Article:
I don’t remember how old I was, maybe 11 or 12, but I do remember watching the Preview Channel (I’m 34 so yes I did grow up with that scrolling station) and I saw that 2001: A SPACE ODYSSEY was on PBS. It was about 10pm on a Saturday night. I grew up watching older science fiction films with my father and was a fan of Star Trek (Original series and Next Generation in particular). This was one my father had told me about, but never really knew about it. The description was simple, two astronauts battle a killer computer. Sounded simple enough. Definitely sounded entertaining. The film was already on so I had missed about an hour of it, however I wanted to see whatever I could see of it. Once I changed the channel, I saw the image of Keir Dullea’s Dave Bowman pleading with HAL 9000 (Douglas Rain) to “open the pod bay doors.”

I watched until Dave made it back to ship and began to disconnect HAL. I fell asleep not long after, missing the rest of the film. After that, I was determined that this movie was one I was going to watch from start to finish. Eventually I found the DVD and on one Saturday afternoon, I finally sat down to watch it.

2 hours and 22 minutes later, I was lost. Really lost.

2001: A SPACE ODYSSEY begins with The Dawn of Man, witnessing a group of hominids as they deal with the dangers of the land. Eventually they come into contact with a mysterious black monolith. Due to this contact, they learn how to use a bone as a weapon and history begins.

Fast forward millions of years later and we are introduced to Dave Bowman and Frank Poole, assigned to the spacecraft Discovery One for a voyage to Jupiter. Along for the ride is their supercomputer HAL 9000. The two men become suspicious of HAL and his capabilities to continue when he makes an incorrect analysis on a part that’s said to have needed repair.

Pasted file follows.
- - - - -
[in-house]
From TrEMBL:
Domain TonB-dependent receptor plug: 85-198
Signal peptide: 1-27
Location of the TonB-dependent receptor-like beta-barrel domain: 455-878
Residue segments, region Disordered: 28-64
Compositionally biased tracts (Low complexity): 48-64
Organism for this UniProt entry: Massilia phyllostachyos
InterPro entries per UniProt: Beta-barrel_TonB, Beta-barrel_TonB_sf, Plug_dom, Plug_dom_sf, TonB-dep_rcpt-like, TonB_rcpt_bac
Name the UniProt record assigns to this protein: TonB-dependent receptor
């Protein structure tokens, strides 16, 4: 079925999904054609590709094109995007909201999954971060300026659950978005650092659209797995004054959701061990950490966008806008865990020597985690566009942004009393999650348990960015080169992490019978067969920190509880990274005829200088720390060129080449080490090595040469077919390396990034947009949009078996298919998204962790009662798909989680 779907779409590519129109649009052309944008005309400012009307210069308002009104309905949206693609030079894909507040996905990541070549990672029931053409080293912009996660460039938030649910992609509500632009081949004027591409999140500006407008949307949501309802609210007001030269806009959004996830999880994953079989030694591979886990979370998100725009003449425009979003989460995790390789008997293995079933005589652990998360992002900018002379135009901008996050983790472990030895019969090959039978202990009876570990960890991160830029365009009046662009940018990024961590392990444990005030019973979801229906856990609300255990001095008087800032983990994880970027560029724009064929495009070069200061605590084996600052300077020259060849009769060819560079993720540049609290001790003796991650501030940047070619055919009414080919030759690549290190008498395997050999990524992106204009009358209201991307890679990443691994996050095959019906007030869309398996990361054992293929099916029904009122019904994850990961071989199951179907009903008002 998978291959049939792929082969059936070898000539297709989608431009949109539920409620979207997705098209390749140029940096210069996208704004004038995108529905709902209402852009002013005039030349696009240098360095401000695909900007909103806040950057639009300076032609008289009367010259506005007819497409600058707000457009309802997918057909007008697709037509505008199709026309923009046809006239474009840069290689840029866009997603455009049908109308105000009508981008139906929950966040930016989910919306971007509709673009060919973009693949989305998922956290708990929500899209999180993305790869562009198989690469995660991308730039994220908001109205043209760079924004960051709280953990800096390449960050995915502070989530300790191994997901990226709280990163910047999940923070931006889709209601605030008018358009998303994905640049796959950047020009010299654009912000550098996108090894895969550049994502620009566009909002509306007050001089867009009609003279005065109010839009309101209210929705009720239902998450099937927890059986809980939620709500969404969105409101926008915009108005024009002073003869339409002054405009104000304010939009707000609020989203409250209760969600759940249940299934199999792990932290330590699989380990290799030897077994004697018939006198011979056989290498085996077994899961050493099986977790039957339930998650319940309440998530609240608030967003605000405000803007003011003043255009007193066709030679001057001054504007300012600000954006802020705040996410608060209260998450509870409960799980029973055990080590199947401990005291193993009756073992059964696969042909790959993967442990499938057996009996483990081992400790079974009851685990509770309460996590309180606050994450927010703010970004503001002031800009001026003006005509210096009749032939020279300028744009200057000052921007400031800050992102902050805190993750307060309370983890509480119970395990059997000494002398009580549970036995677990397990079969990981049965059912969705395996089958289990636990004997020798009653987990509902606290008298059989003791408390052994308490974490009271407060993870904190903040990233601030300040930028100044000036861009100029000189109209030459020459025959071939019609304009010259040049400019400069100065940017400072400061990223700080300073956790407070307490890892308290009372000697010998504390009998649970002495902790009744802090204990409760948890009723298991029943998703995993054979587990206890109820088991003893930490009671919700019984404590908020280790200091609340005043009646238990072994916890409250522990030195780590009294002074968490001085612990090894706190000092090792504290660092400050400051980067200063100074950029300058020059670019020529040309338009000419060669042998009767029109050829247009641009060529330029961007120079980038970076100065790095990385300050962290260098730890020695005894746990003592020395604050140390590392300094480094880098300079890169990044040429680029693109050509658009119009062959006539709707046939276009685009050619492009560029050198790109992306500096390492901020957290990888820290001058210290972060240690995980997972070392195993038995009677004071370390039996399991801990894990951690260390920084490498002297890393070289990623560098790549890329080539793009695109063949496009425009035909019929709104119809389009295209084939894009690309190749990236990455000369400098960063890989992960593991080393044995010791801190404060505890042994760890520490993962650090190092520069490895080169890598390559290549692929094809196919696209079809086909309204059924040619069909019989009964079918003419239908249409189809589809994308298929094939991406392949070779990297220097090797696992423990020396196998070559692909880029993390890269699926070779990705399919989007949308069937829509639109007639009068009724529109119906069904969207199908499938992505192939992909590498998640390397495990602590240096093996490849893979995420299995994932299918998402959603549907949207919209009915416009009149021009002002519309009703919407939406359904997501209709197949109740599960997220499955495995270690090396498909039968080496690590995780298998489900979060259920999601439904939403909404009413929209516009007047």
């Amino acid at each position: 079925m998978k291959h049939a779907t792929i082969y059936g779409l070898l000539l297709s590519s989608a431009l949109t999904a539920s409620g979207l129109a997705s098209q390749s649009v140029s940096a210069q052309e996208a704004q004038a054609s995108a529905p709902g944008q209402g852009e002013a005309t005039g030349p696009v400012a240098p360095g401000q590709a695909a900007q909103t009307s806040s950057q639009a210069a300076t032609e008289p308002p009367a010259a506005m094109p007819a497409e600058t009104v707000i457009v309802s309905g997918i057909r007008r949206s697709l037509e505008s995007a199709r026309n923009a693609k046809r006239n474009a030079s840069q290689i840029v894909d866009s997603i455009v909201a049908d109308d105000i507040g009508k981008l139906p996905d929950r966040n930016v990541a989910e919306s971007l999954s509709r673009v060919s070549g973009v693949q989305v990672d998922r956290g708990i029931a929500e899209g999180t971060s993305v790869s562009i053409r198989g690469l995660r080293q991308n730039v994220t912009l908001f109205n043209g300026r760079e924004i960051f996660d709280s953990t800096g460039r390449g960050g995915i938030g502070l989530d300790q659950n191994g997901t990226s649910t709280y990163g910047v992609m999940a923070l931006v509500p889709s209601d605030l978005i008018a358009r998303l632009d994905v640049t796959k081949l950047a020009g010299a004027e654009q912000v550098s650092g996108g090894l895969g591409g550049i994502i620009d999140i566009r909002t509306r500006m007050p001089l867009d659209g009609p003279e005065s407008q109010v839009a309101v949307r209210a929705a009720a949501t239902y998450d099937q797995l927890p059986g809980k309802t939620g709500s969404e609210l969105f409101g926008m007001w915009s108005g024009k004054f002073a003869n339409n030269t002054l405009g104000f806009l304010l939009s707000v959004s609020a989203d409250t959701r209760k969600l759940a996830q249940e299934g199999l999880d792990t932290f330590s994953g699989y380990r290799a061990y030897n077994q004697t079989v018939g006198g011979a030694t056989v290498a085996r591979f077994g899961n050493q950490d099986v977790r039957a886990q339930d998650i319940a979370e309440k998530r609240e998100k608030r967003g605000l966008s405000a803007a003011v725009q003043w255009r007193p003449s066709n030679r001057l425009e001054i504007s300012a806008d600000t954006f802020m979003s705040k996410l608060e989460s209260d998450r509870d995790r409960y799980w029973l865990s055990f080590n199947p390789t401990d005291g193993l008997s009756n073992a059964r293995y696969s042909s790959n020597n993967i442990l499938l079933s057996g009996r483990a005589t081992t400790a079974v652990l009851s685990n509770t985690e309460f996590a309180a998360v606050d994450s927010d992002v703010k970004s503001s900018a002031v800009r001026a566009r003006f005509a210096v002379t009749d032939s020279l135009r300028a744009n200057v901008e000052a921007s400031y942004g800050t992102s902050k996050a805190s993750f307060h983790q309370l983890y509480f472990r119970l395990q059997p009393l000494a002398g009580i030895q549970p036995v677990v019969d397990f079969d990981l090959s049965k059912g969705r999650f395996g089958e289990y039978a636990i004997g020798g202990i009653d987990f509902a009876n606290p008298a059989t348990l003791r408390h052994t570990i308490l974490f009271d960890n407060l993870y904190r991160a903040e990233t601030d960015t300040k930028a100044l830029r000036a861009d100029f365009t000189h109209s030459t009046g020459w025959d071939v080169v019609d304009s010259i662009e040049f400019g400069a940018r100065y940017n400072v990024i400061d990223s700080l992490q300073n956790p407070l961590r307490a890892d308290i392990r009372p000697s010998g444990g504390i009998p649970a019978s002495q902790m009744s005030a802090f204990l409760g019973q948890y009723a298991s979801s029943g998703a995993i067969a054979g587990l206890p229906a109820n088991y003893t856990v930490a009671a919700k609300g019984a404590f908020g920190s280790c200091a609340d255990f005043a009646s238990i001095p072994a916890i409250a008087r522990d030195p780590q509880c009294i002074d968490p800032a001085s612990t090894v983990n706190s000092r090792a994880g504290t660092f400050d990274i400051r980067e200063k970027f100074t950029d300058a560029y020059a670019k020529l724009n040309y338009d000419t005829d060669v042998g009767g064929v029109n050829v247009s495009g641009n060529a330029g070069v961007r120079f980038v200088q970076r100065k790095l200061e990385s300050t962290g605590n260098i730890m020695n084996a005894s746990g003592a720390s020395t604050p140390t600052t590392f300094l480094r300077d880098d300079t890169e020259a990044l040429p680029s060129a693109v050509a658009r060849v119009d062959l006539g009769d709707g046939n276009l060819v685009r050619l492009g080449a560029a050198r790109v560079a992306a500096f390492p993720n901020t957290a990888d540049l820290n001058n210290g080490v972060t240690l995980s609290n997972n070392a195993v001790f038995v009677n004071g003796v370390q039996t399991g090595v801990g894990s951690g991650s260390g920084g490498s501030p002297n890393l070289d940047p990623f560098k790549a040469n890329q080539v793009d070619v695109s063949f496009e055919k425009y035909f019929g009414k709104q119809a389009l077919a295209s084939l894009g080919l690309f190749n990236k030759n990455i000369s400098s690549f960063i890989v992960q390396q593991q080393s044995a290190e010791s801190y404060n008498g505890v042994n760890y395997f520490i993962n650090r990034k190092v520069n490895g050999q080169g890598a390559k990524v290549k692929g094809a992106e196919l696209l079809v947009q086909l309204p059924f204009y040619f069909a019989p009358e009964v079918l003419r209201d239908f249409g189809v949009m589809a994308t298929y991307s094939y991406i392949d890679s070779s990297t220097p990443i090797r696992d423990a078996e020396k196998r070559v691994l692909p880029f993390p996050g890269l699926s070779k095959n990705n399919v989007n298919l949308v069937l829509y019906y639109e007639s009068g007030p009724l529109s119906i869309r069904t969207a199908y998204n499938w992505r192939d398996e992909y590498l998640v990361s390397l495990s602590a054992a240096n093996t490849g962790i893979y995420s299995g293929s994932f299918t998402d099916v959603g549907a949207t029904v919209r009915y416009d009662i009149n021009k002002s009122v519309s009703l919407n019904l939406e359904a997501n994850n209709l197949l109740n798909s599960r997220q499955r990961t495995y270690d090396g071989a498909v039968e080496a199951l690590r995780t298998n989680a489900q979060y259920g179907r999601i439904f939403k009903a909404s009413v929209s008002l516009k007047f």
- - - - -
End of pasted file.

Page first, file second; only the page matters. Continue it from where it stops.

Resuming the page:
The aftermath of the situation on the Discovery takes us in a otherworldly direction as the future of mankind is revealed.

Yea. I was still lost.

2001: A SPACE ODYSSEY was a watershed moment for me as a person who loves movies. It was the first time I came across a film that didn’t explain itself to me right away. Honestly it never explains itself at all, but has the viewer piece together what they feel it is about. It is truly the first time I got to have my own read on a film. It was also the first time I was exposed to the work of Stanley Kubrick who I thought was very weird based on this film (then I learned everyone thought he was odd). Over the years, I would seek the rest of his filmography and the man would end up becoming one of my favorite directors.

An aspect in particular of 2001 I want to speak on is the film’s pacing. It’s a slow burning two plus hour science fiction film. Yet when I watch it, it speeds by like lightning. The only exception to this is on the big screen. I had the privilege to see it in IMAX in 2018 for its 50th anniversary and while I never want to act as a film purist and say “this is how movies should always be seen,” it definitely was a new experience. I felt the pace move slower, but I had time to experience the awe that Kubrick created.

It took me years to come to a conclusion on what I thought 2001: A SPACE ODYSSEY was about. I was excited to read that Kubrick intentionally left the film ambiguous to spur discussion. To some this may seem pretentious, but when I look at the events that occur in the film, it’s great to hear and read the thoughts of others. This is the type of film you can see a totally valid point of view that’s nowhere near your conclusion, but you see how they reached it. It is an odyssey in the truest sense, and this is why I love it and it is one of my absolute favorite films ever.

3 thoughts on “2001: A Space Odyssey- Classic Reaction

  1. I remain in a weird place with 2001. I like it more now than I did 10 years ago. But strangely it still isn’t a movie I absolutely love. I’ve grown to appreciate more things about it but I find myself consistently stuck on that ending. It drains me and leaves me more disconnected that intrigued. And weirdest of all, I can’t quite put my finger on what’s holding me back.

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